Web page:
In a previous article, we discussed what job burnout is, the differences between stress and burnout, and the symptoms of burnout.
When you think about hazards in the workplace, maybe you think of machine guarding, lockout, or fall hazards. Maybe you even think of the less obvious hazards, such as workplace harassment or ergonomics. Rarely does anyone consider burnout a hazard. However, burnout can be responsible for loss of productivity, increased errors, susceptibility to more colds and flus, and even anxiety and/or depression.
How Burnout Impacts Health and Safety
Burnout can have catastrophic effects on workplace health and safety. It has the potential to impact any and all facets of work – from operations and process down to communication. Consider the following impacts of burnout on workplace health and safety:
Inability to Respond Quickly
Lack of focus and decreased ability to concentrate are trademark signs of burnout, which may result in reduced response times. When there’s an accident, responses and reactions are normally split-second, and a matter of life or death. Reduced ability to make proper decisions in the event of an accident will impact health and safety. In the event of a fire, collision, or injury, fast action is often credited with saving lives. When the ability to react quickly is impeded by burnout, workplace health and safety may suffer.
Cab drivers, long-haul truckers, delivery people, and transit operators each drive all day long as part of their occupational job requirements. Burnout drastically decreases the ability to remain alert and cognizant to rapidly changing road conditions. People forget that vehicles are workplaces when they’re driven for work, and that an accident or fatality while driving for work is considered to be a workplace accident. Workers suffering from, or suspected to be suffering from, burnout should be removed from the road and given alternative appropriate work while they recover.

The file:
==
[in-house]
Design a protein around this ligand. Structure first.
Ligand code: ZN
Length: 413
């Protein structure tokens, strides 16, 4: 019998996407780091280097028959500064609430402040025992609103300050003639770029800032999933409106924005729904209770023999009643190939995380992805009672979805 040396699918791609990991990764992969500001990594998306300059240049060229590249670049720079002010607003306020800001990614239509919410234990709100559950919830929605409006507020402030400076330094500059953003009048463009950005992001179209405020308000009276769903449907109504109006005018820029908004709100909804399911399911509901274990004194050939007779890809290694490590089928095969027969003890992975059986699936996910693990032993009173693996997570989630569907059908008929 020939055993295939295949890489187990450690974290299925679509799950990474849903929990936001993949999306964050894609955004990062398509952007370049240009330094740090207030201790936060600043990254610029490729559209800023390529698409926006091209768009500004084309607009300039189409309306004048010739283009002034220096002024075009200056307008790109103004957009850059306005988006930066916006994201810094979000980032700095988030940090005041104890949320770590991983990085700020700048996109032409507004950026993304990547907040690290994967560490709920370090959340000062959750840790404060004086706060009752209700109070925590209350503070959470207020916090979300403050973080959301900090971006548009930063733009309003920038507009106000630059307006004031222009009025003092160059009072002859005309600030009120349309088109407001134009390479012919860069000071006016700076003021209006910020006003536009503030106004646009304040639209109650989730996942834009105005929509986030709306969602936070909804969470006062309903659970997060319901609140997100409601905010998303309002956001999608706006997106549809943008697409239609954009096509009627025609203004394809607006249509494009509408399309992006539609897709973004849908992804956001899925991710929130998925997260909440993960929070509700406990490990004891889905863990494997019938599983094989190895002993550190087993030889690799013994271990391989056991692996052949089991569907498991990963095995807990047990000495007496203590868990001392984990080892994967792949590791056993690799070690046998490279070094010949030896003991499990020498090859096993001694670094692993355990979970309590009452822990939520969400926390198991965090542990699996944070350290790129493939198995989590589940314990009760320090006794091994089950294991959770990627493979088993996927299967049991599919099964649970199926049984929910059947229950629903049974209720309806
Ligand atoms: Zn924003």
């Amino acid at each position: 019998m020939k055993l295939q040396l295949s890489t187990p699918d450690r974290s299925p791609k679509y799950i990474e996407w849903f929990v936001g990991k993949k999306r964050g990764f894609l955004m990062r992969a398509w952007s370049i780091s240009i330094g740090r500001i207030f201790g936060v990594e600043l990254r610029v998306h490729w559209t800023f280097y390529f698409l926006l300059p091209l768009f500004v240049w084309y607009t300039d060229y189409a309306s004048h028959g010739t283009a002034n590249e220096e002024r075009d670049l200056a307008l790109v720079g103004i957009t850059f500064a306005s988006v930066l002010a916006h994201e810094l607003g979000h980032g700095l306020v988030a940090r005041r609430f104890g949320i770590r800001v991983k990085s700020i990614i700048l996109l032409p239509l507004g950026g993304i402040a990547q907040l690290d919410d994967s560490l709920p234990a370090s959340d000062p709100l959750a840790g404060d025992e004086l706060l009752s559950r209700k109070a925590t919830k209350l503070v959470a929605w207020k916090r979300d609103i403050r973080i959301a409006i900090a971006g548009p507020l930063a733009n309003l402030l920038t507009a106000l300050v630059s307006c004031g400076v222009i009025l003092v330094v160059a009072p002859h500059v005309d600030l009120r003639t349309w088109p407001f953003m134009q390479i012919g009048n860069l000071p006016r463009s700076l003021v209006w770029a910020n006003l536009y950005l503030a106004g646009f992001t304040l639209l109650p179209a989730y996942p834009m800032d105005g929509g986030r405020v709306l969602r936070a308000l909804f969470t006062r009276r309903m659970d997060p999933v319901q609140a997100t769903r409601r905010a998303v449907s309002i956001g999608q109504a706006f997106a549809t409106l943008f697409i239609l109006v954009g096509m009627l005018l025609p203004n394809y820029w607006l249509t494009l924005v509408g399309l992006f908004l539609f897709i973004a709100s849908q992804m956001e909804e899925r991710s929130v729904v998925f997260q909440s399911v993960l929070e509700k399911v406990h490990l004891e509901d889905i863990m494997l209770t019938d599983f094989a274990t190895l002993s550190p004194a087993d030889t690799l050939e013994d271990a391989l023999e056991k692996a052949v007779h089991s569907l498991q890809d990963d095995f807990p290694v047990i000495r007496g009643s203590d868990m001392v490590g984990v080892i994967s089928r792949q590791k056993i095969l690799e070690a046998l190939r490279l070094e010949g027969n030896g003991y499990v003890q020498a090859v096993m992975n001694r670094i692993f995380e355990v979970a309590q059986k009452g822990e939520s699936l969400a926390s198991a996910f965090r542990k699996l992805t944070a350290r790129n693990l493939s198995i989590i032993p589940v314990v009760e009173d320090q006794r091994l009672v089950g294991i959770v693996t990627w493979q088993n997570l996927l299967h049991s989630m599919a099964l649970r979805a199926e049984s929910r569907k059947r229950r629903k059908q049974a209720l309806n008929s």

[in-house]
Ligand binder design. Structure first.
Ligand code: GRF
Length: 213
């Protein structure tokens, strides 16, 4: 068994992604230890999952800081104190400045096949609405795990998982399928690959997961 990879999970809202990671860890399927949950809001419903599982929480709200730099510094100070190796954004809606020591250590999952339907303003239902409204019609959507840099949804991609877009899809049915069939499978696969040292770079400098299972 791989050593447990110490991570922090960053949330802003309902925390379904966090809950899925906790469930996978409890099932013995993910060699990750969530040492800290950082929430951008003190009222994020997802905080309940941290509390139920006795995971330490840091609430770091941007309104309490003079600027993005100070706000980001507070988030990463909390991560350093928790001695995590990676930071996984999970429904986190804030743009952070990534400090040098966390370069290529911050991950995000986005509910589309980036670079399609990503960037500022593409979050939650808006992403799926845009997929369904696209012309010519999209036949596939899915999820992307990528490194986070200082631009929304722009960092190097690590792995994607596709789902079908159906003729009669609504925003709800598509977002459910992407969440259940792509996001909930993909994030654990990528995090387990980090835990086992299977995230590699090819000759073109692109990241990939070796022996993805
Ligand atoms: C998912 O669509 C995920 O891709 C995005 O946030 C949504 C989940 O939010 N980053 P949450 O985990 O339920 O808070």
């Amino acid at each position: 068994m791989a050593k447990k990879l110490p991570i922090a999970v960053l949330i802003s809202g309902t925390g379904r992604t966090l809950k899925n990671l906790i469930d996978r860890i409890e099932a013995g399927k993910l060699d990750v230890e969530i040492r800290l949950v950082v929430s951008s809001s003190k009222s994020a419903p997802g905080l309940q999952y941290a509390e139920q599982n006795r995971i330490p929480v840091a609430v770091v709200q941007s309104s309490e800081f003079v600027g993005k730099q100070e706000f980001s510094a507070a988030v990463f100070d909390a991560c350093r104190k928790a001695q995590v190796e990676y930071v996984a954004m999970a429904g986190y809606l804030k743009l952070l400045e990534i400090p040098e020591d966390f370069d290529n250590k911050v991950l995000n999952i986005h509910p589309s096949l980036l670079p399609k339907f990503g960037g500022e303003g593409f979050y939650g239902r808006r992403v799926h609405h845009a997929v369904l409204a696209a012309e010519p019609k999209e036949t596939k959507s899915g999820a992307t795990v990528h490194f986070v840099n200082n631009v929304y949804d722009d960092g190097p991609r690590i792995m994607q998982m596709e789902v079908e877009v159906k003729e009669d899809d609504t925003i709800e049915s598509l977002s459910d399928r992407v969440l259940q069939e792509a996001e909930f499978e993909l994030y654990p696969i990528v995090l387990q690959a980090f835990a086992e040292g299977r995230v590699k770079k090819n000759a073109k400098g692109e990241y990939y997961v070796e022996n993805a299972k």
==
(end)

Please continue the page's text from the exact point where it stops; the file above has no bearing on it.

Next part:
Heavy Equipment Operations
Similar to those who drive vehicles for a living, those who operate heavy machinery for all or part of their shift may experience burnout. If they do, the equipment operation becomes hazardous, by failing to react to a hazard. When operation heavy equipment around people or traffic, hazards can develop quickly, or as a result of inattention during inspections. Workers suffering from, or suspected to be suffering from, burnout should be removed from equipment operation and given alternative appropriate work while they recover.
Workplace Violence and Harassment Factors
Workers suffering from burnout are irritable and may be prone to feelings of anger. While the correlation between burnout and violent or harassing episodes is a stretch, the relation to violence and burnout is relevant, with burnout typically manifesting after being involved in, or witnessing, a violent workplace event.
The prevalence of depression and/or anxiety among burnout sufferers is high. This may result in lost time while the suffering worker is off to recover from burnout, and also learning to manage their resultant anxiety and/or depression. A worker who suffers an injury as a result of a workplace accident caused by burnout also requires time away from work to recuperate. Lost time injuries have a dramatic impact on productivity, morale, and the overall efficacy of the health and safety program.
The key to preventing burnout from having a negative impact on workplace health and safety is early identification and intervention. Don’t let burnout become an invisible and neglected hazard in your workplace. Talk to employees about burnout, offer training and support, and address symptoms should any come up. It’s not an obvious hazard, but neglecting to control burnout hazards will have an adverse effect on health and safety in the workplace.
Written by Jennifer Miller | Curriculum Development Coordinator
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